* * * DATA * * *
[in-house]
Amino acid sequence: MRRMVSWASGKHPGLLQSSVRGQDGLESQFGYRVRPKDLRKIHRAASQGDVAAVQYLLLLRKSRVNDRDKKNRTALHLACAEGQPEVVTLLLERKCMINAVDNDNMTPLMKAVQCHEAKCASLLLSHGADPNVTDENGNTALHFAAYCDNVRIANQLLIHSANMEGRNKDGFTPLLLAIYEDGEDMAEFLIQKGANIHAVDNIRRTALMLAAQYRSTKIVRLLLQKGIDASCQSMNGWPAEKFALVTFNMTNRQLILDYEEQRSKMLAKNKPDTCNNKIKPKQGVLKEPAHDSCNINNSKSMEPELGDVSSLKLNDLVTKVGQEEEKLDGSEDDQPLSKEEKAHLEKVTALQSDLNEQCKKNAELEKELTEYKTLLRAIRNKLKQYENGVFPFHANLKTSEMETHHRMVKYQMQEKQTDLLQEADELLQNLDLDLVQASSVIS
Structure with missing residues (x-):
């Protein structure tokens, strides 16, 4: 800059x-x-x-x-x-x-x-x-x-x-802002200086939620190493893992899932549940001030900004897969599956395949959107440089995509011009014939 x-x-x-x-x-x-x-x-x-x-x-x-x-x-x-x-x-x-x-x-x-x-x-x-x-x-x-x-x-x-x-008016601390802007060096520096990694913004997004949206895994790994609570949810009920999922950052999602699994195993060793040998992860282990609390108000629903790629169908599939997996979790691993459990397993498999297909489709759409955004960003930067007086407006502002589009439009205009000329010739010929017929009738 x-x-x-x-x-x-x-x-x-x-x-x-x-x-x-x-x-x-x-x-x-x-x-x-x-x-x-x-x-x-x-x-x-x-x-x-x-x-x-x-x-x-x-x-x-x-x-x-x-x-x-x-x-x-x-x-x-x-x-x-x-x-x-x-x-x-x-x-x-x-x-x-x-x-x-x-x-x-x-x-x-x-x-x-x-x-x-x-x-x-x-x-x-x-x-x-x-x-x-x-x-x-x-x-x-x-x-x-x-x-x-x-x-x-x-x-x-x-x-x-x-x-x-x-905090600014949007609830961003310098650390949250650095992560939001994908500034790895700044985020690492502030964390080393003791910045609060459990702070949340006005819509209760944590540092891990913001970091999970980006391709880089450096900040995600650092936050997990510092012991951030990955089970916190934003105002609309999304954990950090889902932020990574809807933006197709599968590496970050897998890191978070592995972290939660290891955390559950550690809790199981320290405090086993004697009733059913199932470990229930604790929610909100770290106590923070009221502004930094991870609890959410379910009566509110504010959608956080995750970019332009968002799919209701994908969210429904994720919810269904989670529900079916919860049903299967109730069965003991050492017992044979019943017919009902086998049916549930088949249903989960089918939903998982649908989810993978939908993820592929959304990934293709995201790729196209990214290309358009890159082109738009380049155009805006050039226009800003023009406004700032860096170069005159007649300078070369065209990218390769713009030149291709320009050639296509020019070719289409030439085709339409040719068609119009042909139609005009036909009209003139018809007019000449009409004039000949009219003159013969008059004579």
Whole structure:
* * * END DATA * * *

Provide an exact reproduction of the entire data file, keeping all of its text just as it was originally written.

[in-house]
Amino acid sequence: MRRMVSWASGKHPGLLQSSVRGQDGLESQFGYRVRPKDLRKIHRAASQGDVAAVQYLLLLRKSRVNDRDKKNRTALHLACAEGQPEVVTLLLERKCMINAVDNDNMTPLMKAVQCHEAKCASLLLSHGADPNVTDENGNTALHFAAYCDNVRIANQLLIHSANMEGRNKDGFTPLLLAIYEDGEDMAEFLIQKGANIHAVDNIRRTALMLAAQYRSTKIVRLLLQKGIDASCQSMNGWPAEKFALVTFNMTNRQLILDYEEQRSKMLAKNKPDTCNNKIKPKQGVLKEPAHDSCNINNSKSMEPELGDVSSLKLNDLVTKVGQEEEKLDGSEDDQPLSKEEKAHLEKVTALQSDLNEQCKKNAELEKELTEYKTLLRAIRNKLKQYENGVFPFHANLKTSEMETHHRMVKYQMQEKQTDLLQEADELLQNLDLDLVQASSVIS
Structure with missing residues (x-):
């Protein structure tokens, strides 16, 4: 800059x-x-x-x-x-x-x-x-x-x-802002200086939620190493893992899932549940001030900004897969599956395949959107440089995509011009014939 x-x-x-x-x-x-x-x-x-x-x-x-x-x-x-x-x-x-x-x-x-x-x-x-x-x-x-x-x-x-x-008016601390802007060096520096990694913004997004949206895994790994609570949810009920999922950052999602699994195993060793040998992860282990609390108000629903790629169908599939997996979790691993459990397993498999297909489709759409955004960003930067007086407006502002589009439009205009000329010739010929017929009738 x-x-x-x-x-x-x-x-x-x-x-x-x-x-x-x-x-x-x-x-x-x-x-x-x-x-x-x-x-x-x-x-x-x-x-x-x-x-x-x-x-x-x-x-x-x-x-x-x-x-x-x-x-x-x-x-x-x-x-x-x-x-x-x-x-x-x-x-x-x-x-x-x-x-x-x-x-x-x-x-x-x-x-x-x-x-x-x-x-x-x-x-x-x-x-x-x-x-x-x-x-x-x-x-x-x-x-x-x-x-x-x-x-x-x-x-x-x-x-x-x-x-x-x-905090600014949007609830961003310098650390949250650095992560939001994908500034790895700044985020690492502030964390080393003791910045609060459990702070949340006005819509209760944590540092891990913001970091999970980006391709880089450096900040995600650092936050997990510092012991951030990955089970916190934003105002609309999304954990950090889902932020990574809807933006197709599968590496970050897998890191978070592995972290939660290891955390559950550690809790199981320290405090086993004697009733059913199932470990229930604790929610909100770290106590923070009221502004930094991870609890959410379910009566509110504010959608956080995750970019332009968002799919209701994908969210429904994720919810269904989670529900079916919860049903299967109730069965003991050492017992044979019943017919009902086998049916549930088949249903989960089918939903998982649908989810993978939908993820592929959304990934293709995201790729196209990214290309358009890159082109738009380049155009805006050039226009800003023009406004700032860096170069005159007649300078070369065209990218390769713009030149291709320009050639296509020019070719289409030439085709339409040719068609119009042909139609005009036909009209003139018809007019000449009409004039000949009219003159013969008059004579």
Whole structure: